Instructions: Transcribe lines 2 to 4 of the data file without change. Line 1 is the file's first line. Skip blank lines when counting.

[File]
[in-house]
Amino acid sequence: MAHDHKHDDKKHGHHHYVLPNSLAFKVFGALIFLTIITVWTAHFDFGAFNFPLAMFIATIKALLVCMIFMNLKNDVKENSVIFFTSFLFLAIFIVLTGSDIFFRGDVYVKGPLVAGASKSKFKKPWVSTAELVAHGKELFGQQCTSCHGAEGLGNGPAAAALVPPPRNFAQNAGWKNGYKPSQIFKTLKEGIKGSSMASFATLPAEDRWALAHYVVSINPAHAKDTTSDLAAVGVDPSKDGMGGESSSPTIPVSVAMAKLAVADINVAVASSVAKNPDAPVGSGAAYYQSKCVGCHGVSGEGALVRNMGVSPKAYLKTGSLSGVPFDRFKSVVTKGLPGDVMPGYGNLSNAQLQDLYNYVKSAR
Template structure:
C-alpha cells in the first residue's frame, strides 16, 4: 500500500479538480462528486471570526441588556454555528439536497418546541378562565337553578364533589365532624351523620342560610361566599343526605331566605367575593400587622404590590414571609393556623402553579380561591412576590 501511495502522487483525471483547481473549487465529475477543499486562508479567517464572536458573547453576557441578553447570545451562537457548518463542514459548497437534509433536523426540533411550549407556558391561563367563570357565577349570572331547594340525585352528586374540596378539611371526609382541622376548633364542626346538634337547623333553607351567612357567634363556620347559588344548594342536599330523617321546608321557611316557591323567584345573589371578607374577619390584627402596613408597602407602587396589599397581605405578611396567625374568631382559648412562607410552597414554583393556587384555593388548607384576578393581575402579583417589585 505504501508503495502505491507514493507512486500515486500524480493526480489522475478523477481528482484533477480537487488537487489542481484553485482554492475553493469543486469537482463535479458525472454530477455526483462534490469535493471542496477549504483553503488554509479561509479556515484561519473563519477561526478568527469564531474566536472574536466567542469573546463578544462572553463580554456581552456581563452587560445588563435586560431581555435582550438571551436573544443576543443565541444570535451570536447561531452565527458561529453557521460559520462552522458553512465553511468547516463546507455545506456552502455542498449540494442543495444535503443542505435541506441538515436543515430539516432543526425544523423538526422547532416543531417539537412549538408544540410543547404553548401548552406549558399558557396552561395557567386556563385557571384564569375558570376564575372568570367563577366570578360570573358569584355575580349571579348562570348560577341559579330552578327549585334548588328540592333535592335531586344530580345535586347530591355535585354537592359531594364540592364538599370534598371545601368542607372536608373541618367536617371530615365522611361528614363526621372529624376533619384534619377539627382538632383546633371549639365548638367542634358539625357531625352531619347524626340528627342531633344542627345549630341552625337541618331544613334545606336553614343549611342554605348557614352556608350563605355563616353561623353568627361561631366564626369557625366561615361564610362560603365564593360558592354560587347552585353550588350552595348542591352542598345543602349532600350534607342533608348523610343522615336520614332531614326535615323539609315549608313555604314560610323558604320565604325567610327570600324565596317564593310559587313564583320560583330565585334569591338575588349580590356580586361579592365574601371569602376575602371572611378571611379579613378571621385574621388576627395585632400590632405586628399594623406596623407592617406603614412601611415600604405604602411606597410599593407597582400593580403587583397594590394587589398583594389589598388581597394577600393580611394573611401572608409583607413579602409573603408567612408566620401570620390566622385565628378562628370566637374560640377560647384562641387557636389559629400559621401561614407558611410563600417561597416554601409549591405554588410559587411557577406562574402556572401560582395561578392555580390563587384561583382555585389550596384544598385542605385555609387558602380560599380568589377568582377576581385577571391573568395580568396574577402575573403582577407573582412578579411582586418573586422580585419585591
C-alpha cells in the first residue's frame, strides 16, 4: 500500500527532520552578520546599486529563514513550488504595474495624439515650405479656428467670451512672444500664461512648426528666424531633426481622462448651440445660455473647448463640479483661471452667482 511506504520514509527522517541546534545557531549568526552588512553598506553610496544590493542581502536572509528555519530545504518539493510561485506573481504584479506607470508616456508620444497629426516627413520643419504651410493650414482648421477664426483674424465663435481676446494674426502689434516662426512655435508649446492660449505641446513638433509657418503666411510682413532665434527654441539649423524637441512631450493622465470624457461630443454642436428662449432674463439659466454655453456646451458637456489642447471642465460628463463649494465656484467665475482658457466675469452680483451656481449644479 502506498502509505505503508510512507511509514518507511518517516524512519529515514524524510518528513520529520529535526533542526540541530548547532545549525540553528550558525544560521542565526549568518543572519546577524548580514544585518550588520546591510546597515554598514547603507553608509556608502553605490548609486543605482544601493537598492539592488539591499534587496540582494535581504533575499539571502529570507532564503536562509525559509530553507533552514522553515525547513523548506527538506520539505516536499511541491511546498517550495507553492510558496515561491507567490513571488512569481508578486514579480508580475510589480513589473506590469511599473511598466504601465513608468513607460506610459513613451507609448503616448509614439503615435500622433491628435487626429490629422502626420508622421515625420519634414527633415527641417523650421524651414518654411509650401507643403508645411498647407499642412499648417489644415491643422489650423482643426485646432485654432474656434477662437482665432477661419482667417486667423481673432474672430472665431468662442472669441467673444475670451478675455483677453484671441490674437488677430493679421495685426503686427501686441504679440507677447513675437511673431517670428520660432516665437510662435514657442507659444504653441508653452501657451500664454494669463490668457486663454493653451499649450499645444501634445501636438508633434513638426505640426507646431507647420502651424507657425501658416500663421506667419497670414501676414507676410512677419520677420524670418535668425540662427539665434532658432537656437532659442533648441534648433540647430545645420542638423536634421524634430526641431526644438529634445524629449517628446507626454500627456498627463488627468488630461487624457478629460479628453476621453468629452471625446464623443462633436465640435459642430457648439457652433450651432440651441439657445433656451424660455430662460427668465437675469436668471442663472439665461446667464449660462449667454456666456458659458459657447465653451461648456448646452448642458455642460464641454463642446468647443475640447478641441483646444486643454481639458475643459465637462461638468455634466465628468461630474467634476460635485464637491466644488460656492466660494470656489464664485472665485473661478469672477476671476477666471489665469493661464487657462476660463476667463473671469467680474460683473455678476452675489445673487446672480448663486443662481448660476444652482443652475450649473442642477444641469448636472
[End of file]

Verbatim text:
Amino acid sequence: MAHDHKHDDKKHGHHHYVLPNSLAFKVFGALIFLTIITVWTAHFDFGAFNFPLAMFIATIKALLVCMIFMNLKNDVKENSVIFFTSFLFLAIFIVLTGSDIFFRGDVYVKGPLVAGASKSKFKKPWVSTAELVAHGKELFGQQCTSCHGAEGLGNGPAAAALVPPPRNFAQNAGWKNGYKPSQIFKTLKEGIKGSSMASFATLPAEDRWALAHYVVSINPAHAKDTTSDLAAVGVDPSKDGMGGESSSPTIPVSVAMAKLAVADINVAVASSVAKNPDAPVGSGAAYYQSKCVGCHGVSGEGALVRNMGVSPKAYLKTGSLSGVPFDRFKSVVTKGLPGDVMPGYGNLSNAQLQDLYNYVKSAR
Template structure:
C-alpha cells in the first residue's frame, strides 16, 4: 500500500479538480462528486471570526441588556454555528439536497418546541378562565337553578364533589365532624351523620342560610361566599343526605331566605367575593400587622404590590414571609393556623402553579380561591412576590 501511495502522487483525471483547481473549487465529475477543499486562508479567517464572536458573547453576557441578553447570545451562537457548518463542514459548497437534509433536523426540533411550549407556558391561563367563570357565577349570572331547594340525585352528586374540596378539611371526609382541622376548633364542626346538634337547623333553607351567612357567634363556620347559588344548594342536599330523617321546608321557611316557591323567584345573589371578607374577619390584627402596613408597602407602587396589599397581605405578611396567625374568631382559648412562607410552597414554583393556587384555593388548607384576578393581575402579583417589585 505504501508503495502505491507514493507512486500515486500524480493526480489522475478523477481528482484533477480537487488537487489542481484553485482554492475553493469543486469537482463535479458525472454530477455526483462534490469535493471542496477549504483553503488554509479561509479556515484561519473563519477561526478568527469564531474566536472574536466567542469573546463578544462572553463580554456581552456581563452587560445588563435586560431581555435582550438571551436573544443576543443565541444570535451570536447561531452565527458561529453557521460559520462552522458553512465553511468547516463546507455545506456552502455542498449540494442543495444535503443542505435541506441538515436543515430539516432543526425544523423538526422547532416543531417539537412549538408544540410543547404553548401548552406549558399558557396552561395557567386556563385557571384564569375558570376564575372568570367563577366570578360570573358569584355575580349571579348562570348560577341559579330552578327549585334548588328540592333535592335531586344530580345535586347530591355535585354537592359531594364540592364538599370534598371545601368542607372536608373541618367536617371530615365522611361528614363526621372529624376533619384534619377539627382538632383546633371549639365548638367542634358539625357531625352531619347524626340528627342531633344542627345549630341552625337541618331544613334545606336553614343549611342554605348557614352556608350563605355563616353561623353568627361561631366564626369557625366561615361564610362560603365564593360558592354560587347552585353550588350552595348542591352542598345543602349532600350534607342533608348523610343522615336520614332531614326535615323539609315549608313555604314560610323558604320565604325567610327570600324565596317564593310559587313564583320560583330565585334569591338575588349580590356580586361579592365574601371569602376575602371572611378571611379579613378571621385574621388576627395585632400590632405586628399594623406596623407592617406603614412601611415600604405604602411606597410599593407597582400593580403587583397594590394587589398583594389589598388581597394577600393580611394573611401572608409583607413579602409573603408567612408566620401570620390566622385565628378562628370566637374560640377560647384562641387557636389559629400559621401561614407558611410563600417561597416554601409549591405554588410559587411557577406562574402556572401560582395561578392555580390563587384561583382555585389550596384544598385542605385555609387558602380560599380568589377568582377576581385577571391573568395580568396574577402575573403582577407573582412578579411582586418573586422580585419585591